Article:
• British Columbia
      (pp. 290-305)

      Despite little labour strife, adequate economic growth, long legislative sittings, and active involvement at the national level, Premier W.R. Bennett and his Social Credit government floundered throughout the year. Polls taken in January showed the government trailing the ndp by seventeen points. In December, the deficit remained steady at ten. Lingering scandal – the ‘Lettergate/Dirty Tricks’ affair – and a new revelation – the ‘Gracie’s Finger’ manoeuvre – were partly responsible for public dissatisfaction. The September bcric-Kaiser deal, interpreted by many as a betrayal of the British Columbia taxpayer and investor, compounded the government’s difficulties. In the public’s eye, however,...

    • Prince Edward Island
      (pp. 305-311)

      The year was a quiet one in pei politics, with a new government short of funds and a small economy beset by large problems.

      The Legislative Assembly was opened on February 7 by the new lieutenant governor, Joseph Aubin Doiron. The throne speech made up for the short one the newly elected government had presented in 1979. It featured a departmental reorganization and the co-ordination of policy planning. ‘Economic development over the past few years’ it said ‘has greatly increased the overhead of this province without a corresponding increase in productivity and revenue.’ The government therefore did not ‘feel bound...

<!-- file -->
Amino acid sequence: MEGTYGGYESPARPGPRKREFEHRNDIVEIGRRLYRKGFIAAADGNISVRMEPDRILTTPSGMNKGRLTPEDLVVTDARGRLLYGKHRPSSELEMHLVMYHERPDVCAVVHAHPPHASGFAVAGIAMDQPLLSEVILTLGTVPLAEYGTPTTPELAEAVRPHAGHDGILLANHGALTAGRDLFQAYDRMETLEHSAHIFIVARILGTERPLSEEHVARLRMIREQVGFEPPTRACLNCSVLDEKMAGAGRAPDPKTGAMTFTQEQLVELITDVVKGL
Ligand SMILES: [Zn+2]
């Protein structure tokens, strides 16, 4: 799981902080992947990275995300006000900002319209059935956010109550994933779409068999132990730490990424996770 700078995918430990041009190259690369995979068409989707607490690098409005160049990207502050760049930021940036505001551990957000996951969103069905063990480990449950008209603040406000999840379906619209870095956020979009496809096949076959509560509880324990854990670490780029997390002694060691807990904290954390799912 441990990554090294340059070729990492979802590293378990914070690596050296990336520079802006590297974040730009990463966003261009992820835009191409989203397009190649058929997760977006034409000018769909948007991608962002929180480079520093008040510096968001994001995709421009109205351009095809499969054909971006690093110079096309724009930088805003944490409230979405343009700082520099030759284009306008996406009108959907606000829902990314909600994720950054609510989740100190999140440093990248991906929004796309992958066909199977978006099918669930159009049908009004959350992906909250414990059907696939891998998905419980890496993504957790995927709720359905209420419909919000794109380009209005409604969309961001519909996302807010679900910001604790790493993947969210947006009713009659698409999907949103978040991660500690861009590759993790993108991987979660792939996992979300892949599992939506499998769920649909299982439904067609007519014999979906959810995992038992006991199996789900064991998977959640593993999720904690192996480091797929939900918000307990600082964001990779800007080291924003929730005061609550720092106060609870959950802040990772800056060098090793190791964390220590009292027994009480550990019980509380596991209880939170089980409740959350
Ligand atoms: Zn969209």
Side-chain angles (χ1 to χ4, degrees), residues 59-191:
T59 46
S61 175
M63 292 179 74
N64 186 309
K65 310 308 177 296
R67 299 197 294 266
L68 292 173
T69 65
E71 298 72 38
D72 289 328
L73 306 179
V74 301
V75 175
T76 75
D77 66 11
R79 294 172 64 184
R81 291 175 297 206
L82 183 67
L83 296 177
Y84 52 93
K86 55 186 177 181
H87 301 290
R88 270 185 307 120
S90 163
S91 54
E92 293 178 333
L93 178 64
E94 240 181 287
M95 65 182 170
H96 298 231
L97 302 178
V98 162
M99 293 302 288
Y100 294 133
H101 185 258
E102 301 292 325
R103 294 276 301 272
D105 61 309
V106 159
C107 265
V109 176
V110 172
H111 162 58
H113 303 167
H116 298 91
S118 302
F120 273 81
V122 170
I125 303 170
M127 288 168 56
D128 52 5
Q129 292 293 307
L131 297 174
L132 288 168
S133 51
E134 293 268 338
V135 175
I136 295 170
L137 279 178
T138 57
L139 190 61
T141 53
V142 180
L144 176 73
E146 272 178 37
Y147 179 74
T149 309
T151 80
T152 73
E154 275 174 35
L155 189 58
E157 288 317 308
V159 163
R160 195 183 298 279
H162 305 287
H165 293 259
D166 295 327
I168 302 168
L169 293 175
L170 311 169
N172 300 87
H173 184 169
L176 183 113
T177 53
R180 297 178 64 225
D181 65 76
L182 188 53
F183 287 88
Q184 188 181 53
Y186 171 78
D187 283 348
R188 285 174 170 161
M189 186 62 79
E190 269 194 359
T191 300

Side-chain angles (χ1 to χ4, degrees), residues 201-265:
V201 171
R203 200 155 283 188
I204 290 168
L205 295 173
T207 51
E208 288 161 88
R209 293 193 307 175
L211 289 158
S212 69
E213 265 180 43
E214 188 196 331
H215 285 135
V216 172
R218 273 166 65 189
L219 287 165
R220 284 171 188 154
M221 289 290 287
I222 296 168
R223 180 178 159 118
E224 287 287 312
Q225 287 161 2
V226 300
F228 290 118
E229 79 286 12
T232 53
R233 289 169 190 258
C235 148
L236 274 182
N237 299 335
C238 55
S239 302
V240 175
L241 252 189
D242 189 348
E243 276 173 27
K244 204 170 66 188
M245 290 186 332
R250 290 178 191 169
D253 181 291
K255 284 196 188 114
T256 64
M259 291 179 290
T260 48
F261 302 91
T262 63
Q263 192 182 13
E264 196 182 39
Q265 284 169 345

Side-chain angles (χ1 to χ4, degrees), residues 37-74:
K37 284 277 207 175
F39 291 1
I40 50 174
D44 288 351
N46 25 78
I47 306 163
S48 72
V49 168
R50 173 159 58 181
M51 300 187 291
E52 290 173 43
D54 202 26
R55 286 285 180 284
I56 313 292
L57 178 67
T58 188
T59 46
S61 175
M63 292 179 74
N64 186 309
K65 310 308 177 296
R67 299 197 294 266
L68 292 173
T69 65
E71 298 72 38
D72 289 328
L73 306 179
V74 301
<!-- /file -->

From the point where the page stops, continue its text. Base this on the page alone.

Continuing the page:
• Saskatchewan
      (pp. 311-323)
      J.R. MILLER

      ‘Celebrate Saskatchewan.’ The province’s slogan for its seventy-fifth anniversary festivities could have served as a summary of the year’s events in the wheat province. In the political sphere there was little change, as the provincial New Democrat government continued its steady, unchallenged rule and the opposition parties remained ineffective. In the Legislature the absence of substantial legislative initiative seemed to prove that the province had more to celebrate than to improve. And on the economic front the solid progress of both agriculture and mining was cause indeed for rejoicing. The only discordant note came from Ottawa; the federal government seemed...

    • Alberta
      (pp. 323-335)

      Alberta’s seventy-fifth year as a province within confederation was a bitter-sweet affair. The provincial government could afford one of the most extravagant birthday parties in provincial history – $75 million worth. Yet the year also saw the national government initiate constitutional and natural resource policies that seemed to threaten the economic future of the province and spawned the development of one of the largest separatist movements in the country.